Discuss how prostitution, briefly defined as an exchange of taxable goods for sex, differs from or is similar to other exchanges of money for action that are legal or illegal. As you consider your response, here are suggestions for activities or professions to contract against or compare to. Legal: stripper, farm worker, factory worker, masseuse, office worker, house keeper, cook. Illegal: selling votes.
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Finished The Feminine Mystique by Betty Friedan. An extremely excellent book. It would take too long to go through everything, but I will try to hit some highlights. Friedan wrote this book to explore a problem she saw in American society in the 40s and 50s. Women in America were expected to be nothing more than housewives. By "nothing more than housewives and mother"s, I do not mean to imply that being a housewife and mother is not a worthwhile thing to do. Society at that time, however, expected that role to fulfill women completely and for her whole life. Such an expectation would be as silly as expecting me to find complete fulfillment in being nothing more than a software engineer. I love what I do, but if I were expected to have to be the only thing in my life, I would laugh at the expectation.

Friedan is opposed to the notion that all women are the same and will be fulfilled by the same things. The society surrounding her presented an image of the happy house wife joyfully scrubbing her floor and using her new and shiny vacuum cleaner. This image, largely created by the media (to sell more stuff) did not take into account that different women are, well, different. In some ways, things have gotten worse in that regard. We are constantly bombarded by media that pushes us to make ourselves over in some media image. There is more variety but, regardless of gender, the message is that you should be what you are told to be rather than looking into yourself and discovering what you want to be.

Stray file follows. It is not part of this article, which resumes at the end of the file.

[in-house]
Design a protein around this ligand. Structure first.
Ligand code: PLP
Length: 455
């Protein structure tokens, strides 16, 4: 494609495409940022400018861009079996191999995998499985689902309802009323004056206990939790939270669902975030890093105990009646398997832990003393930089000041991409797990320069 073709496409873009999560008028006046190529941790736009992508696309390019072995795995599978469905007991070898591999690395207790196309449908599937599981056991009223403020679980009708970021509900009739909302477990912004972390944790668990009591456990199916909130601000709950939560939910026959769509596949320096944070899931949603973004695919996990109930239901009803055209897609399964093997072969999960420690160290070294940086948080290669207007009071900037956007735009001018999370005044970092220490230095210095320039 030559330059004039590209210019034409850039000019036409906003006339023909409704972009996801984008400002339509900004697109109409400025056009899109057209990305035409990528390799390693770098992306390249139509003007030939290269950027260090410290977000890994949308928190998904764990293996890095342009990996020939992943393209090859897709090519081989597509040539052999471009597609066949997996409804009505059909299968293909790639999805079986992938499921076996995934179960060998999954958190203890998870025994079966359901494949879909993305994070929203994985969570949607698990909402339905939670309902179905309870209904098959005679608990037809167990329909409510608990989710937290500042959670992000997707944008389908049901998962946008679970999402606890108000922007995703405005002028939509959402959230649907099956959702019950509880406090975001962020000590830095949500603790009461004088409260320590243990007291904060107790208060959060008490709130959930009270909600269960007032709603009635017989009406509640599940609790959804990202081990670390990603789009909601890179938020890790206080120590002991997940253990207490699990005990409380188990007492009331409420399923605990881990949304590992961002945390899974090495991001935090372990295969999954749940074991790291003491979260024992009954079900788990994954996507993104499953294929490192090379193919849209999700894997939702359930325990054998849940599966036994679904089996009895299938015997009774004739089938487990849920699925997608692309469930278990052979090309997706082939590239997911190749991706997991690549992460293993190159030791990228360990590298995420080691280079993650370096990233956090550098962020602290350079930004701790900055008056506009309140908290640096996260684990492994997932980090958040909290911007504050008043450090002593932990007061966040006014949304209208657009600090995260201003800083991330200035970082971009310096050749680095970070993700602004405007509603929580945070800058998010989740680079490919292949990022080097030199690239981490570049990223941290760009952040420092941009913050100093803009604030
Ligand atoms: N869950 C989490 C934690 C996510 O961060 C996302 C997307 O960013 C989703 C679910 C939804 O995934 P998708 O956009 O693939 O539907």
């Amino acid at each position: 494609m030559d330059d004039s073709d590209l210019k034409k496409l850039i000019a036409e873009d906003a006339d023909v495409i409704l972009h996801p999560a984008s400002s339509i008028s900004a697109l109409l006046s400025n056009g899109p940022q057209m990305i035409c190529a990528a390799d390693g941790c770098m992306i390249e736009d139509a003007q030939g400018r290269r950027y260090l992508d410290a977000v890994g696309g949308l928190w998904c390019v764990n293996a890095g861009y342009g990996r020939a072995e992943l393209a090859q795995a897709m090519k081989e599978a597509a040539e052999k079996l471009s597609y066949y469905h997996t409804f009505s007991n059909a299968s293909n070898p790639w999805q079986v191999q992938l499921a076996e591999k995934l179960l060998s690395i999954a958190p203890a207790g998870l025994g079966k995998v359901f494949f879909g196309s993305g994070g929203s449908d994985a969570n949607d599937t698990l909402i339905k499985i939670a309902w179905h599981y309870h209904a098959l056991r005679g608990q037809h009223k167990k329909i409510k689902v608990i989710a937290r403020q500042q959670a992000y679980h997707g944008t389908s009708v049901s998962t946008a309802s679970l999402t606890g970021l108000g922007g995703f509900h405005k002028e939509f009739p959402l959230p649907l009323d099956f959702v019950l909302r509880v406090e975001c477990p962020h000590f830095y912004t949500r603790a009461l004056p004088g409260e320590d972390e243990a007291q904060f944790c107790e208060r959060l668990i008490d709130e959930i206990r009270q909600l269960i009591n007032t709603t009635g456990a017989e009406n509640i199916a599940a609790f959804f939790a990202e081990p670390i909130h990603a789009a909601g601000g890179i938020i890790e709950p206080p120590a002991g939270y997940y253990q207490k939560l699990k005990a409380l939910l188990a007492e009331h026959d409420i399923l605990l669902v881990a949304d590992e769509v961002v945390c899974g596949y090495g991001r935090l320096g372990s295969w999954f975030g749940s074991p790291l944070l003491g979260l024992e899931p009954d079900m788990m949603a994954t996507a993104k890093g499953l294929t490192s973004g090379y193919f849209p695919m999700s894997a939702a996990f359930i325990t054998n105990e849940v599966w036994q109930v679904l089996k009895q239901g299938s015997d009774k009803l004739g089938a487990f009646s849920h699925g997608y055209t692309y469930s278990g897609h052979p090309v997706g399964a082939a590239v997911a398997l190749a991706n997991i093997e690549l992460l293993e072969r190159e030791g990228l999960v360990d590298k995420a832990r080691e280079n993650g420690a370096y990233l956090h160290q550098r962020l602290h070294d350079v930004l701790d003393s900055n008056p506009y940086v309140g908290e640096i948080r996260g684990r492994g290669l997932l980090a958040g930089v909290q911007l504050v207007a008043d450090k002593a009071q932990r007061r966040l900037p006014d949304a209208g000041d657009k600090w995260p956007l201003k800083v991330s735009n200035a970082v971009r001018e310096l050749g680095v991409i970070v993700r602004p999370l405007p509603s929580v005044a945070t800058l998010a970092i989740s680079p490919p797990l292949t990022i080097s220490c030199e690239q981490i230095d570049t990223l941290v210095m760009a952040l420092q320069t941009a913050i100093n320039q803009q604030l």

Now that most women have careers, we can look back and think that it was naive of Friedan to think that a career would cause women to break away from spoon fed images and find fulfillment. Many women have found fulfillment in their careers, but many others (women and men) have not. Fulfillment comes from the process of self discovery. When women had to push themselves out of the comfort zone of the home to start a career, perhaps starting a career was equivalent to finding oneself. However, now that it is an assumed part of the life of a woman, a career can be, and often is, just another thing to do. Yet the answer is not, as some people seem to think, sending women back to the home to magically find fulfillment there. Whatever the answer is, it is not simple, it is not the same for everyone, and it is internal, not external.

Women are both better off and worse off than men when it comes to freedom to find fulfillment. On the one hand, women are expected to be perfects wives, mothers, and professionals. When a woman chooses to forgo one of these rolls completely, she is vilified (largely by other women!) and and seen as unnatural, if she gives up marriage or children, or anti-progress, if she gives up a career. On the other hand, at least women have that choice. While men technically can take on nurturing roles in their families, it is still considered strange, and there are not many role models for men who want to stay home. For both men and women, there is an expectation that fulfillment comes from something external: a career, family, religion, possessions, money, image. This seems reductionist and, really, a bit silly.

The Feminine Mystique was a start. What's the next step? I don't know, but it won't be simple, it won't be obvious, and it will involve women and men moving forward together.
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I have been reading The Feminine Mystique and, thus far, it is inspiring me to conclude that the image of femininity and motherhood pushed onto the American public in the late 1940's and the 1950's did just as much harm to the idea of a stay-at-home parent as the push for women to have full-time careers. A mother of that period was seen as abnormal if she wanted to be anything more than a stay-at-home mother and wife. This is more than criticizing women who wanted to have a career. Women were portrayed by the media as having no interests outside of their home and family except, perhaps, a not too active role in the church or PTA. Women were not expected to be interested in (or even have the capacity to be interested in) politics, art, economics, science, or anything that could not be related directly to the home and children.